Ultimately, China may not have a Kyoto. Thirty-five years after the end of the Cultural Revolution, I think the situation has improved, since traditions that were banned are now allowed to flourish. There’s still a long way to go, however. Many countries worry about how best to preserve their traditions. China doesn’t just have to preserve their traditional culture; in some cases they have to recreate it. As of right now, China’s cultural heart remains fragmented.

IMG_1232
Advertisements

Eating China

I couldn’t write about China without writing a post about food, now could I?

Chinese food in China is a world away from the Americanized version. The food we get in the States is usually Cantonese food, and it’s not even good Cantonese food. I don’t want to become one of those people who always compares American restaurants with their foreign counterparts. I find it snobby, to be honest… “This pizza tastes nothing like the pizza in Italy.” But let’s be honest. Most American Chinese food is bland and greasy. I’ve been to a couple of good restaurants, but a whole lot of subpar ones. Compared to anything, it doesn’t stack up well. Just ask my friend Katie about the stir-fried hot dog incident.

Keeping that image in your mind, take a look at these Yunnanese mashed potatoes. Which would you rather eat? IMG_0019

Inside China, Yunnan province is well known for having spicy cuisine. Also, as I previously mentioned, it’s subtropical, which is reflected in the ingredients. Some favorite dishes of ours: stir-fried beef with cumin, served on a bed of fried mint leaves; stir-fried tea tree mushrooms, and the aforementioned mashed potatoes.

IMG_0035

Hmm... we accidentally ordered too much

It may sound like a lot of fried food. A typical Chinese meal includes a selection of stir-fried dishes, a soup, steamed rice, and usually beer. Everything is eaten from communal dishes, so mealtimes in China are sad for solo travelers.

IMG_9990

There are always noodle soups, though–popular among busy people at lunchtime and students at anytime. Cheap and always served in individual portions.  In most of China, these are wheat noodles, but in Yunnan, rice noodles are the specialty.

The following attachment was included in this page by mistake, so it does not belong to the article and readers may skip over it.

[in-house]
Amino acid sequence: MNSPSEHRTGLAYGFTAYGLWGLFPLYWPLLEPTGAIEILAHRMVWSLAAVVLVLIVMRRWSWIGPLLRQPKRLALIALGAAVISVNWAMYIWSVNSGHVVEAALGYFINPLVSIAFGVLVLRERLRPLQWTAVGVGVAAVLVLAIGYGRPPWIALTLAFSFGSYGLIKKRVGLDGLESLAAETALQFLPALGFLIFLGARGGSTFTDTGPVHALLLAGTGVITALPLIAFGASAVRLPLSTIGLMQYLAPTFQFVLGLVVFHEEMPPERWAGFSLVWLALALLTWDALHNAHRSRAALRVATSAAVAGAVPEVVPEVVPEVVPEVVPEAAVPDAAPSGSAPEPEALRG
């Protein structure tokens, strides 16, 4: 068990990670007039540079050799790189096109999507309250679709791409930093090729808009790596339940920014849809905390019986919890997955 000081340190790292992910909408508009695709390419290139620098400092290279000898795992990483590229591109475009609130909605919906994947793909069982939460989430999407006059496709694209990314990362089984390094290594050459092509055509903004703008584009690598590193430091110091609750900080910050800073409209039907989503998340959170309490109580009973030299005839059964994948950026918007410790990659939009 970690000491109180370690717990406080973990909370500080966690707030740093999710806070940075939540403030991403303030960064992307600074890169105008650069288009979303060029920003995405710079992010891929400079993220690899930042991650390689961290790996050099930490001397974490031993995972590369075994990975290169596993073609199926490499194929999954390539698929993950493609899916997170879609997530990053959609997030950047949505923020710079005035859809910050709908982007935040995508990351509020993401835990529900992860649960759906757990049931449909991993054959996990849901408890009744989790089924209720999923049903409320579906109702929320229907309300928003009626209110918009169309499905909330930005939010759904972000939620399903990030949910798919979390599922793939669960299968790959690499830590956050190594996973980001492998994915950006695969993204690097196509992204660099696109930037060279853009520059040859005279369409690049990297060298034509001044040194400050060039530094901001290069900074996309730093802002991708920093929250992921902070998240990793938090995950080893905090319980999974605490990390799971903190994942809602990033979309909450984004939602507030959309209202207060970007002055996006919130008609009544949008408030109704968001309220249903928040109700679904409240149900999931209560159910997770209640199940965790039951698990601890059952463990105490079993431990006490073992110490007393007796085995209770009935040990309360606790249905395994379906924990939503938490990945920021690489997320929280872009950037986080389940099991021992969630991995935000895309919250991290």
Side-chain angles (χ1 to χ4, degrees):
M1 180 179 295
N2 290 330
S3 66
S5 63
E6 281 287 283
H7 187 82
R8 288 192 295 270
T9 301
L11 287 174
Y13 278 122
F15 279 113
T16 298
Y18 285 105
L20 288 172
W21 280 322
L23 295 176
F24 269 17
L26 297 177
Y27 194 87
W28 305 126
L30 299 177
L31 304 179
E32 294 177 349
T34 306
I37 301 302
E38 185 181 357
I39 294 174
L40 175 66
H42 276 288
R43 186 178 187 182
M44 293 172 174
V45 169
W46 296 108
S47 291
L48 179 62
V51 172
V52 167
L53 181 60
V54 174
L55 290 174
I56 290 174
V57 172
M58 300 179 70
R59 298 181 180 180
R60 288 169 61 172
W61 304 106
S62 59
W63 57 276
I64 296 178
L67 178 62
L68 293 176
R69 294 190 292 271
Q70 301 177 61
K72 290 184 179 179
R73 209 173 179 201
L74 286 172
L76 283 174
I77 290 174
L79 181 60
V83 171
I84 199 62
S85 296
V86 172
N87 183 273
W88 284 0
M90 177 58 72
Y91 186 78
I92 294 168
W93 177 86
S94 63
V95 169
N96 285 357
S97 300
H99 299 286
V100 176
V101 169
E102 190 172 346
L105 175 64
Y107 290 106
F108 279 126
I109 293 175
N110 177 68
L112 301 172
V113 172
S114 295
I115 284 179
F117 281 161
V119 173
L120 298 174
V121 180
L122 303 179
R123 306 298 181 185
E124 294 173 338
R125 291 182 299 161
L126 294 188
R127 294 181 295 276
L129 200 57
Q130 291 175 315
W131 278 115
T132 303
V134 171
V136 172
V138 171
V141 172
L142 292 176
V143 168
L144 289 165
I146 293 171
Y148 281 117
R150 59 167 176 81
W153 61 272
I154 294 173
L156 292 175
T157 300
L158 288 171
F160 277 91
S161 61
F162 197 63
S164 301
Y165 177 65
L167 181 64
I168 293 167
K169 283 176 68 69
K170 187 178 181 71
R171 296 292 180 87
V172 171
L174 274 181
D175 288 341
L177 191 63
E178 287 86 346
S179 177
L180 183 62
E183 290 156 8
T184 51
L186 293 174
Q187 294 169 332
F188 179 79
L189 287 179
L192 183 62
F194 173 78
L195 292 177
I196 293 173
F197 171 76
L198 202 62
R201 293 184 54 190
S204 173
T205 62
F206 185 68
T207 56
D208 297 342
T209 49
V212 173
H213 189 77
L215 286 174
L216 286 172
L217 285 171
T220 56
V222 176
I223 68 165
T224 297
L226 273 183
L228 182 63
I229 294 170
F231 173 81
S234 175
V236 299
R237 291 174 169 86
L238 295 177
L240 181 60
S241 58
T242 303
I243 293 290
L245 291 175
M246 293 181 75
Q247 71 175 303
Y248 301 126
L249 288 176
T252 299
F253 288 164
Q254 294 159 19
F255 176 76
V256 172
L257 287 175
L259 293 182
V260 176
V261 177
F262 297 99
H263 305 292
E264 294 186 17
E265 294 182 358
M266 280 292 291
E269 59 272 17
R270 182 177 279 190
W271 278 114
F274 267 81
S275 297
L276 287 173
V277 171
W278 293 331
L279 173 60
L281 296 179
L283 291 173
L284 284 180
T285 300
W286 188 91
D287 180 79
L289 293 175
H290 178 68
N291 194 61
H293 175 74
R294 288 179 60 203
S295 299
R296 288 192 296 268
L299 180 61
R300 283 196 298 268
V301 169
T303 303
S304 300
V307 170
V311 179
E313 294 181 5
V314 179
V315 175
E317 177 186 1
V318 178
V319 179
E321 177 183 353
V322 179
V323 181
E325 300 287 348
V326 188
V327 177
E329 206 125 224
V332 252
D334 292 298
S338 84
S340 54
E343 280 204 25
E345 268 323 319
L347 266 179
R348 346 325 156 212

Sichuan province is also well known for its spicy food, both inside and outside of China. However, it’s a different kind of hotness- the Sichuan peppercorn is often called “numbing-hot,” because it numbs the tastebuds. It is sometimes crushed and sprinkled on top of a dish, but sometimes added whole. The first time Bob accidentally bit into a whole one, he said his mouth was vibrating. When I assured him that was normal, he thought for a minute, and then said it felt like tasting all flavors at once.

Our favorite Sichuan dish was mapo tofu, which we managed to eat five times in one week. For the uninitiated: it consists of tofu, ground pork or beef, and leeks; seasoned with soy sauce and rice wine, stir-fried in chili oil, and garnished with Sichuan peppercorn. At Chen’s Mapo Tofu (the original restaurant in Chengdu serving mapo tofu,) it arrives at your table sizzling, in an iron claypot.  IMG_0639

IMG_0008

Eating jiaozi with some new friends

For breakfast nearly every day, we ate steamed dumplings (jiaozi) or steamed buns (baozi), usually stuffed with ground pork and chives. A bowl of rice or millet porridge rounds out the meal. A few times, we had deep-fried dough sticks (like churros) which are served with fresh soy milk and sugar. You’re supposed to dissolve the sugar in the soy milk and dip the dough sticks in, but I preferred to dip them first in the milk, and then in the sugar. It had a nicer texture.

IMG_1112On arrival in every city, one of the first things we did was to scout out breakfast joints. In Xi’an, we happened upon a place with a fantastic range of steamed buns. There must have been at least twenty different types of fillings: spinach and garlic, spicy potato, etc. My favorite one was filled with mapo tofu- what an excellent idea!

In touristy areas, the food quality often suffers, but Xi’an had surprisingly good food. One of the local specialties is biang biang mian, which is a noodle soup of extra-wide wheat noodles in a spicy broth, along with cabbage, beef, and chives.IMG_1113

It’s also written with the most complicated character I’ve ever seen: IMG_1322In Beijing, I continued my tradition of taking cooking classes (I’ve taken them in six countries now!) By this time, we had some visitors: my mom and her friend Liz had flown out to meet us. Together, the four of us learned how to properly wield a cleaver and stir-fry in a wok.

Under the tutelage of the brother-sisters trio at Hutong Cuisine, we made four dishes, including stir-fried cumin beef, spare ribs with black bean and chili sauce, dan dan noodles (with handmade noodles!) and of course, mapo tofu. If I may say so, Bob’s mapo tofu was just as good as Chen’s… maybe better.

So I apologize in advance, for when I get back to the States, I won’t be able to order Chinese takeout. I’m going to be one of those annoying people. The food in China is really so much better than the Chinese food in America. I’ll just have to cook it myself.